Morgan Plus 4 celebrates 65th birthday with bonkers 225hp special edition

27 July, 2015


Morgan’s Plus 4 may be turning an incredible 65 years old this year, but it’s still got plenty of life left in it. So much so that the team at Morgan have unveiled a special limited edition, called the ARP4.

After being fettled with by the renowned engineer team at Cosworth and AP, the ARP4 features a Cosworth-tuned 225hp 2.0-litre engine — a jump of almost 100hp over the standard Morgan Plus 4. An uprated braking set-up, adjustable shock absorbers, and a new five-link rear suspension will aim to keep the spritely ARP4 in check. These features will complement the Morgan’s already energetic chassis, and minimal weight of 927kg.

Aesthetic changes to the ARP4 include LED headlights, exposed aluminium elements in the interior, improved soundproofing under the hood, and revised instrument clusters.

Founded in 1910, Morgan is one of the few remaining companies who solely produce handmade vehicles, and the Plus 4 is their most famed platform. Throughout its shelf life, the Plus 4 has been pulled in and out of production on several occasions. But despite some significant changes in its tenure, the Plus 4 looks almost identical to its original iterations

Fittingly, the ARP4 was launched at the 2015 Silverstone Classic in England on July 24–26, an event devoted to historic motor racing. Morgans have always been synonymous with exploits on race tracks, and continue to be associated with them via the popularity of the Plus 4 at track days throughout Europe.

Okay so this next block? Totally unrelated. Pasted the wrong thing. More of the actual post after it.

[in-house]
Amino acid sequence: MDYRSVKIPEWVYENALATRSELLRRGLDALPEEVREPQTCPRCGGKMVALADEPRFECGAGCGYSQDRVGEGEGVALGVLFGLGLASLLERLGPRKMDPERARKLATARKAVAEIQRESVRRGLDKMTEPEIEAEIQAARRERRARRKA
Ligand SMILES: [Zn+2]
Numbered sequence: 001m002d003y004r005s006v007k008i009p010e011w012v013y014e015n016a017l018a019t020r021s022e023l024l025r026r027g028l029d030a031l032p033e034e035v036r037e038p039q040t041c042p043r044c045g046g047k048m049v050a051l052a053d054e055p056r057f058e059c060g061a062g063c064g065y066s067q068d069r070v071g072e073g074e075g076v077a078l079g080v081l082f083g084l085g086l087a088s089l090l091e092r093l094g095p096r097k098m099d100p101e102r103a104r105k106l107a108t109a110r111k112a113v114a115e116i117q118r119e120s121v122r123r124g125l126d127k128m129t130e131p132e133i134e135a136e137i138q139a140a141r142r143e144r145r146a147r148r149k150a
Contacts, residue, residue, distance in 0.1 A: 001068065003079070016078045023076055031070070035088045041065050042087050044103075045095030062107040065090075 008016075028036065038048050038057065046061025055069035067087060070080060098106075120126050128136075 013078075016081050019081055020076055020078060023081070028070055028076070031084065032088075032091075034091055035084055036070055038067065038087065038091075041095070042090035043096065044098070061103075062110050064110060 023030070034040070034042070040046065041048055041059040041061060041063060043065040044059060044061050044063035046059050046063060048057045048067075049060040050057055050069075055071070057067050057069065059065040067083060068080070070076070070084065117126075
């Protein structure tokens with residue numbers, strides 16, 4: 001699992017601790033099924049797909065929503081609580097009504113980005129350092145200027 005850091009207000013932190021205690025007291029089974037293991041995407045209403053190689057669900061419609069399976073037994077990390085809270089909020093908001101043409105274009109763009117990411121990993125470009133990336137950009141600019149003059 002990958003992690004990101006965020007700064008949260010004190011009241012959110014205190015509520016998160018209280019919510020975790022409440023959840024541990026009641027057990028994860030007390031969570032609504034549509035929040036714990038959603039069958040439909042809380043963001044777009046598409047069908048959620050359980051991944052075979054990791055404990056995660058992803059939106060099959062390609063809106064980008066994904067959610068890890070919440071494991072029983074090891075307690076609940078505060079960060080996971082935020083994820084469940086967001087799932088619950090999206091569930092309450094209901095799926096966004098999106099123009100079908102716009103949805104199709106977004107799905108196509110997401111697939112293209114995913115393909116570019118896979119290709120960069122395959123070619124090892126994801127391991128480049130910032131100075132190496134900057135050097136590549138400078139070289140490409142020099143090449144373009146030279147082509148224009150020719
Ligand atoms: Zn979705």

There will only be 50 examples of the AR P4 built, with pricing starting at £54,995, or NZ$129,599.

Travelling companion

It’s easy to see why the Morris Minor Traveller was one of the best-loved variants of the Morris Minor. Introduced in 1953, it was equipped with the same independent torsion bar front suspension, drum brakes, and rack and pinion steering as its saloon sibling but, with their foldable rear seat increasing versatility, many Travellers were used as trade vehicles, says Derek Goddard. Derek and Gail Goddard, the owners of this superbly restored example, have run Morris Minors since before they were married in 1974.
“Our honeymoon vehicle was a blue Morris Minor van — it was a rust bucket,” says Derek.

Super Leicht Gullwing

It’s fair to say that nothing much in the classic Mercedes world gets past Mercedes-Benz Club stalwart Garry Boyce so it wasn’t surprising to learn that around 15 years ago he had sniffed out an extremely rare 300SL lightweight Gullwing as well as a 1958 300SL Roadster hiding away in the Waikato. The cars were not for sale but Garry eventually managed to persuade the owner to allow him and his restoration team to take a look at the Roadster. They discovered a very distressed but largely unmolested car. The car was so original that the body had never been off the chassis, meaning most of the parts and fittings were still present and correct, as they had been fitted by the factory.